This article is part of a series in which OECD experts and thought leaders — from around the world and all parts of society — address the COVID-19 crisis, discussing and developing solutions now and for the future. Aiming to foster the fruitful exchange of expertise and perspectives across fields to help us rise to this critical challenge, opinions expressed do not necessarily represent the views of the OECD.
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Tactics to survive “traumatic change”
In spring 2020 politicians in charge of the emerging Covid pandemic learnt an important tactical lesson. Stopping the pandemic needed decisive pre-emptive intervention, but by the time they could be sure it really was a pandemic, it was too late. Fortunately nightmare decisions like this are rare. In the maritime industry the last time was in the 1960s, when the nightmare of deciding how to change from general cargo to containerisation defeated a generation of “rock solid” liner companies. But suddenly, for the maritime industry, it’s all happening. Like London busses, three “nightmare decisions” are all arriving at once – decarbonisation, digitalisation and de-globalisation.
Maritime decarbonisation – difficult to be decisive.
About 62,000 cargo ships move 12 billion tonnes of cargo a year. All have internal combustion engines (ICEs) producing 3 tonnes of carbon PER tonne of Heavy Fuel Oil (HFO) burned. There is massive pressure for decisive action, but for decision makers the options are disturbingly unclear:
i. Retrofitting opportunities are limited and zero-carbon propulsion technologies will take years to commercialise.
ii. Supplies of green fuel will be limited and expensive. Deep sea ships need portable energy made from zero carbon electricity – but many other industries will be competing for green electricity too.
iii. Green fuel will be eye-wateringly expensive. For example 400 tonnes of green methanol is needed to replace the daily oil consumption of a $180 million containership1. An offshore windfarm producing enough electricity to synthesize this amount of methanol currently costs about $1 billion, with a daily operating cost around $100,0002. With limited supply, the market price could be much higher.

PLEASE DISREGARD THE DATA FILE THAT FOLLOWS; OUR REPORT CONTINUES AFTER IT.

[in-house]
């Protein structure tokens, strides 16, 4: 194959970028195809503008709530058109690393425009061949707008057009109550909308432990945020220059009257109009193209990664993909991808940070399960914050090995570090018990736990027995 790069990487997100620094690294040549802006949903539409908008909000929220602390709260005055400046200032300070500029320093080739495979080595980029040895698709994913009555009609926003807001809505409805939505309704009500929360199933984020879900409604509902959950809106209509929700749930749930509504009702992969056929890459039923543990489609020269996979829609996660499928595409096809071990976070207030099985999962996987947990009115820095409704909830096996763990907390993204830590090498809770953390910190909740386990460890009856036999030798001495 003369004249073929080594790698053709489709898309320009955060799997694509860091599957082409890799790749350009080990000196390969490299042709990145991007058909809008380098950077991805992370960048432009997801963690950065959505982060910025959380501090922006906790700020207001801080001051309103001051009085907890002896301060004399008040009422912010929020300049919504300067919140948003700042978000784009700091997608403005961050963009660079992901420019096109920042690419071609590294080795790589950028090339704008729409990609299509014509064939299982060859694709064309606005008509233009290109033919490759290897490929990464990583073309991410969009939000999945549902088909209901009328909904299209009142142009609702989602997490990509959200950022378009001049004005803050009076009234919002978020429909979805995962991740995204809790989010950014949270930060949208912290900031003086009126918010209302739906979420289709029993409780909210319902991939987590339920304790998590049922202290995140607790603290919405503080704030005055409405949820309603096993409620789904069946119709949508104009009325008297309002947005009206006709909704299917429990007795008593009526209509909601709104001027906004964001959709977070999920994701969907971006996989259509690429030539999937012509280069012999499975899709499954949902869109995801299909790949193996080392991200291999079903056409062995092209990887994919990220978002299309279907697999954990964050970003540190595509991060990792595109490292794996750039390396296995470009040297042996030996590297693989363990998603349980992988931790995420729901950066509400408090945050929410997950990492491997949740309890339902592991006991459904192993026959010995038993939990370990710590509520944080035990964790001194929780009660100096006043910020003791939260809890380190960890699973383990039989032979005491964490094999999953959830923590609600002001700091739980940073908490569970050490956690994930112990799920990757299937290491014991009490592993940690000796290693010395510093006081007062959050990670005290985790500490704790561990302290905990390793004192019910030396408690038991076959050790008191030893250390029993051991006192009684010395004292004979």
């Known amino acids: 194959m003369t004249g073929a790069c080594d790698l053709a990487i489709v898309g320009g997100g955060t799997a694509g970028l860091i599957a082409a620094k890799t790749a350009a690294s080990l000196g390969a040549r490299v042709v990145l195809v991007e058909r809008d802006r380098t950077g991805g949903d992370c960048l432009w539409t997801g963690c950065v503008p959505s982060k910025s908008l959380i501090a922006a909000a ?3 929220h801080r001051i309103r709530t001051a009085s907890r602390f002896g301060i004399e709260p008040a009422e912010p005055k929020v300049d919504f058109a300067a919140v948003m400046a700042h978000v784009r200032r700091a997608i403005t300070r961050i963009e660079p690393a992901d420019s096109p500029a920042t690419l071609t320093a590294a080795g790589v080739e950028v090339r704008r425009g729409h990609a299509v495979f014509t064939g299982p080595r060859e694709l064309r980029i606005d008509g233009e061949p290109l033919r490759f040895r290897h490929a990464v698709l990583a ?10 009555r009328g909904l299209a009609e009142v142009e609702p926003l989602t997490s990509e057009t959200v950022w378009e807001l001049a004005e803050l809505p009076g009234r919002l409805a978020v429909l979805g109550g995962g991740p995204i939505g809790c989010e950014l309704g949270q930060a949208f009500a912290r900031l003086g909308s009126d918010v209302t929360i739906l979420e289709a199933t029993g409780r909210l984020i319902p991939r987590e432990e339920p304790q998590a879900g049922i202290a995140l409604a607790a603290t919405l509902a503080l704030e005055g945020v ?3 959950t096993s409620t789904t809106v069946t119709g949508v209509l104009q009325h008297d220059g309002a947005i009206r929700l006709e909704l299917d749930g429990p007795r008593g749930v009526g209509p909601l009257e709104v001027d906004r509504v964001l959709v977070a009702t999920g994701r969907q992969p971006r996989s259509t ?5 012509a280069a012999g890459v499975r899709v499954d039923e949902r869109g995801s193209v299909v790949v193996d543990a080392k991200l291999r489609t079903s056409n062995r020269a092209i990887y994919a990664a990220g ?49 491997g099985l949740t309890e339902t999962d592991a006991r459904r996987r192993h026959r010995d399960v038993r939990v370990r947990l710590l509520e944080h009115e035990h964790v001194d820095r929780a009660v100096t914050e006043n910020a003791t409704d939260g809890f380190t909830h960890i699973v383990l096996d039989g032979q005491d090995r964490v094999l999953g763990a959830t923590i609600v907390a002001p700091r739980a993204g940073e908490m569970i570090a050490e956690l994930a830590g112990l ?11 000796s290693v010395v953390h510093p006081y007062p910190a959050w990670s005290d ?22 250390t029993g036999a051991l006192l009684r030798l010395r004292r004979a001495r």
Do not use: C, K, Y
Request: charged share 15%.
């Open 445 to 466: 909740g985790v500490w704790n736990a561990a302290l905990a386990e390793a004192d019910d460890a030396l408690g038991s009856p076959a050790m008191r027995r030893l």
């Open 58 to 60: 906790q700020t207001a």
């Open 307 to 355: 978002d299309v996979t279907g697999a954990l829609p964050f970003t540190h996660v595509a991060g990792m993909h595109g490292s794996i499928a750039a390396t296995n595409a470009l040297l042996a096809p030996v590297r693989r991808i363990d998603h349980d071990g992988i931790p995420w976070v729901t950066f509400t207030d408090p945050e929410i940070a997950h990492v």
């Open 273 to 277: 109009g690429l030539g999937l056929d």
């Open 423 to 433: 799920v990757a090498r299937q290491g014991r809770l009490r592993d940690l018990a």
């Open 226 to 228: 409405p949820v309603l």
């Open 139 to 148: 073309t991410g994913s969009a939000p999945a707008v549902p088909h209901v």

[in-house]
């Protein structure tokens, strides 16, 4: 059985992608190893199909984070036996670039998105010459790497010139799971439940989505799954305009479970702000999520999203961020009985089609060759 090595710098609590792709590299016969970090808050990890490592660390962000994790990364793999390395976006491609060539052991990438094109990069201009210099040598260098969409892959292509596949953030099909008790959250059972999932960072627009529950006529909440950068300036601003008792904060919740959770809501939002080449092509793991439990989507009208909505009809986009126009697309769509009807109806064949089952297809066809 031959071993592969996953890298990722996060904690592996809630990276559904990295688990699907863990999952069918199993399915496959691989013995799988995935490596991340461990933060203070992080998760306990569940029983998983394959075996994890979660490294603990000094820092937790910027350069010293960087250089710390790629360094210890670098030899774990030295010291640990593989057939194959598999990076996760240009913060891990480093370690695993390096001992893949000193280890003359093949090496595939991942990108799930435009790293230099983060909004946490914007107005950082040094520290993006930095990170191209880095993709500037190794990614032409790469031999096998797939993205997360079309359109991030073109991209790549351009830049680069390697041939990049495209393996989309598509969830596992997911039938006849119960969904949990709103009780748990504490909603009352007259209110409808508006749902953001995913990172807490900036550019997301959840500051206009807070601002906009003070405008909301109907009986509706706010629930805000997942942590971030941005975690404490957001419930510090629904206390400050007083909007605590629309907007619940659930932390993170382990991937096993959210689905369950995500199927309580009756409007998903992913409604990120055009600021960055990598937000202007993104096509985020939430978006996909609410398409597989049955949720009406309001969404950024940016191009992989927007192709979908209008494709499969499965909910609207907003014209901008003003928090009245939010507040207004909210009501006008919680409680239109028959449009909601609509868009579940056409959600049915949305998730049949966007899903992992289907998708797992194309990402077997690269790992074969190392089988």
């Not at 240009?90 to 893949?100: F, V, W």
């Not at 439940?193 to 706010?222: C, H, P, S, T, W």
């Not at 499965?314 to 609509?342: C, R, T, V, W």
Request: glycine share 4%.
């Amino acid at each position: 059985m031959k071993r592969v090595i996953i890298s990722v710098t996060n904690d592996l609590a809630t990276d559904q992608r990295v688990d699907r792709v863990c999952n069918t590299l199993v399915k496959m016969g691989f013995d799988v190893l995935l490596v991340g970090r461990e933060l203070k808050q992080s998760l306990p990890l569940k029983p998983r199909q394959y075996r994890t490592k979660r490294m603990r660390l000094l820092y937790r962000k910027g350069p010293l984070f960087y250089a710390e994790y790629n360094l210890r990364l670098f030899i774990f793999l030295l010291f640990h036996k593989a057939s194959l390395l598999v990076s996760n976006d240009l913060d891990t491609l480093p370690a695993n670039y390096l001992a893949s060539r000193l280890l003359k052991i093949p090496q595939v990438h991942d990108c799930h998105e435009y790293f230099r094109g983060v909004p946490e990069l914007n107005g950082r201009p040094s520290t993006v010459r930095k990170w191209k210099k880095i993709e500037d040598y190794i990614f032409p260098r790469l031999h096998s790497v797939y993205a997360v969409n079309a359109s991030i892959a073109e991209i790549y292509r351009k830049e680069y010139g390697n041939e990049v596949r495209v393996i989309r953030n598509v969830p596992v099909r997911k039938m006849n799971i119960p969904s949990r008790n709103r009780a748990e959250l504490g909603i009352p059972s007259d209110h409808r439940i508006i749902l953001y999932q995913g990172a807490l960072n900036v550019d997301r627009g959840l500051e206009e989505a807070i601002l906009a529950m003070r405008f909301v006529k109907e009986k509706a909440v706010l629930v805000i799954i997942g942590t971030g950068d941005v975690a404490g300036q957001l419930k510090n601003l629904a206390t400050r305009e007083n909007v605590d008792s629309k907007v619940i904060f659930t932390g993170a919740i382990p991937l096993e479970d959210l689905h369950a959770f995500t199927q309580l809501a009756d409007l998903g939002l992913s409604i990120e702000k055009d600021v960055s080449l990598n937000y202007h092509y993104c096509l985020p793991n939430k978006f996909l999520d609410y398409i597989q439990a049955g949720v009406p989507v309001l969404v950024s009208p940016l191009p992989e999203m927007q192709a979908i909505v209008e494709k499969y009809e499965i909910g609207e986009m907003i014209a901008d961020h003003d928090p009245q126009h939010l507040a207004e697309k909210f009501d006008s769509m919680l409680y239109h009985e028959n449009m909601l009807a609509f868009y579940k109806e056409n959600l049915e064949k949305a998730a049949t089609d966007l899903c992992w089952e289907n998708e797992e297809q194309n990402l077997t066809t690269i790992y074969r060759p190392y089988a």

iv. Even when the technology and fuels are available, rebuilding the 100,000 ships will take about 20 years, unless the world adopts an emergency shipbuilding programme.
No wonder maritime executives are finding decarbonisation decisions difficult!
Digitalisation - creeping up on industry
Meanwhile the I4 revolution is reaching out to shipping, opening a Pandora’s box of satellite communications; the cloud; and data streaming etc. There is no doubt that when shipping companies apply this technology in the way car manufacturers, cab companies, and logistics services are already doing, sea transport will take a giant step forward, especially in the short sea trades.
But for most maritime leaders, including shipyards, it’s a struggle. Their companies were not designed for digitalisation. Information is jealously guarded, so systems integration is difficult. Essential professional and technical staff are thin on the ground and market driven earnings leave little margin for investment in Silicon Valley type organisational development.
So although this is a powerful way of improving the business, maritime companies, like many companies on land, are finding digitalisation (I4) painfully slow, as their development projects get stuck in what McKinsey call “pilot purgatory”.3
Read more on the Forum Network: The New (Ab)Normal: Reshaping Business and Supply Chain Strategy Beyond Covid-19, by Yossi Sheffi, Professor & Director, MIT Civil and Environmental Engineering & Center for Transportation & Logistics
The ebbing tide of globalisation